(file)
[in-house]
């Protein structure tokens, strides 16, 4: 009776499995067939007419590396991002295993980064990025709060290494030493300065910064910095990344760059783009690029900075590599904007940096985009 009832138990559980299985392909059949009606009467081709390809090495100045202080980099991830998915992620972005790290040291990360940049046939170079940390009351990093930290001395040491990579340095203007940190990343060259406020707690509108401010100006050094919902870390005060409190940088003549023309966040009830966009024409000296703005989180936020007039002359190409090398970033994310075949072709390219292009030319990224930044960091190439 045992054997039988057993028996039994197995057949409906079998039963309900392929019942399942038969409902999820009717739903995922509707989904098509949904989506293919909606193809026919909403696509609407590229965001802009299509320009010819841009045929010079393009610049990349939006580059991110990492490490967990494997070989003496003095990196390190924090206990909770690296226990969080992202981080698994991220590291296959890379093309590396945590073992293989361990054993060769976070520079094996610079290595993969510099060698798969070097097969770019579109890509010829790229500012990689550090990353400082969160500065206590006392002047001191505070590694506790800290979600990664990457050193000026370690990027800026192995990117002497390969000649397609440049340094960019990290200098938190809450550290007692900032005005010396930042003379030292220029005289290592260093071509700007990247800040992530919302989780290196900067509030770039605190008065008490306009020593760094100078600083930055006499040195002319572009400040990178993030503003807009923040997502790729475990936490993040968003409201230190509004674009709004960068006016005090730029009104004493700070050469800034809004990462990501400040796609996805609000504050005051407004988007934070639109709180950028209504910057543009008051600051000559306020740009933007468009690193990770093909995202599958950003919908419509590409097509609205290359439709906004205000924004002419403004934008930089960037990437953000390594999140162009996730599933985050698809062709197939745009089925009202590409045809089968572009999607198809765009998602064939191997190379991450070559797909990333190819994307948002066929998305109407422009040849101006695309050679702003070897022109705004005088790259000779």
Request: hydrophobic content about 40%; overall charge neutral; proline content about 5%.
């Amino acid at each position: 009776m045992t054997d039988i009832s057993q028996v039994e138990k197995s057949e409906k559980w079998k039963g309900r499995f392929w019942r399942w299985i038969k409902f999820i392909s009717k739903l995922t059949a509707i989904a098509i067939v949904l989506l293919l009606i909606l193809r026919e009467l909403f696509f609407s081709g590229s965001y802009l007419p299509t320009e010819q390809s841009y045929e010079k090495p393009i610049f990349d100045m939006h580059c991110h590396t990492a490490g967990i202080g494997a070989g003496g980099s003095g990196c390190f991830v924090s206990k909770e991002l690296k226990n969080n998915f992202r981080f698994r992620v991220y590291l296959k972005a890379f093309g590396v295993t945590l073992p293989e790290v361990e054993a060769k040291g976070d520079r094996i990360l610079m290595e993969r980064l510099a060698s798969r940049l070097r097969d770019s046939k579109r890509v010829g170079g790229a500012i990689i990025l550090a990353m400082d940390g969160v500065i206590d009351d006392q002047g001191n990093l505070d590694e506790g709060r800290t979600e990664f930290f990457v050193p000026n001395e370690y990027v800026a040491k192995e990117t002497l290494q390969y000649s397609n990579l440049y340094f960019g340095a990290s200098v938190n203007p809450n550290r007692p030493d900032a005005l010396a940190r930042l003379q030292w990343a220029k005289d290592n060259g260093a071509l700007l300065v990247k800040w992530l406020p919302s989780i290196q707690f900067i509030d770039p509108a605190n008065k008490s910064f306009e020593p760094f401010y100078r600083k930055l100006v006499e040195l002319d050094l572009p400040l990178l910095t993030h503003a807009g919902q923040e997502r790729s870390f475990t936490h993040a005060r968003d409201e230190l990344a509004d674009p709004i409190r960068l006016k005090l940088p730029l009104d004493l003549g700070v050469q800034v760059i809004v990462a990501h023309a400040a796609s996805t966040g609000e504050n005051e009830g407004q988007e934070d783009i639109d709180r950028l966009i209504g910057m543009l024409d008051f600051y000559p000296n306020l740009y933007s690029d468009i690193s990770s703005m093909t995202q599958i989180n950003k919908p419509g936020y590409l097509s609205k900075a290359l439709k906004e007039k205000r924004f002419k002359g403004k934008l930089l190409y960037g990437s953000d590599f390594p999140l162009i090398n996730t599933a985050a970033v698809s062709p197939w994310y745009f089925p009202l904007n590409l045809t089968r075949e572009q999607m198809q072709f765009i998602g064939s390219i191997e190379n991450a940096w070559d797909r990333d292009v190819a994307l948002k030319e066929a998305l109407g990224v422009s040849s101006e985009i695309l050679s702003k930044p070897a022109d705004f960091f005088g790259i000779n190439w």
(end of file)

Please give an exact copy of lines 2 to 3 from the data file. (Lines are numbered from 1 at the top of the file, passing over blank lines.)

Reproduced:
């Protein structure tokens, strides 16, 4: 009776499995067939007419590396991002295993980064990025709060290494030493300065910064910095990344760059783009690029900075590599904007940096985009 009832138990559980299985392909059949009606009467081709390809090495100045202080980099991830998915992620972005790290040291990360940049046939170079940390009351990093930290001395040491990579340095203007940190990343060259406020707690509108401010100006050094919902870390005060409190940088003549023309966040009830966009024409000296703005989180936020007039002359190409090398970033994310075949072709390219292009030319990224930044960091190439 045992054997039988057993028996039994197995057949409906079998039963309900392929019942399942038969409902999820009717739903995922509707989904098509949904989506293919909606193809026919909403696509609407590229965001802009299509320009010819841009045929010079393009610049990349939006580059991110990492490490967990494997070989003496003095990196390190924090206990909770690296226990969080992202981080698994991220590291296959890379093309590396945590073992293989361990054993060769976070520079094996610079290595993969510099060698798969070097097969770019579109890509010829790229500012990689550090990353400082969160500065206590006392002047001191505070590694506790800290979600990664990457050193000026370690990027800026192995990117002497390969000649397609440049340094960019990290200098938190809450550290007692900032005005010396930042003379030292220029005289290592260093071509700007990247800040992530919302989780290196900067509030770039605190008065008490306009020593760094100078600083930055006499040195002319572009400040990178993030503003807009923040997502790729475990936490993040968003409201230190509004674009709004960068006016005090730029009104004493700070050469800034809004990462990501400040796609996805609000504050005051407004988007934070639109709180950028209504910057543009008051600051000559306020740009933007468009690193990770093909995202599958950003919908419509590409097509609205290359439709906004205000924004002419403004934008930089960037990437953000390594999140162009996730599933985050698809062709197939745009089925009202590409045809089968572009999607198809765009998602064939191997190379991450070559797909990333190819994307948002066929998305109407422009040849101006695309050679702003070897022109705004005088790259000779």
Request: hydrophobic content about 40%; overall charge neutral; proline content about 5%.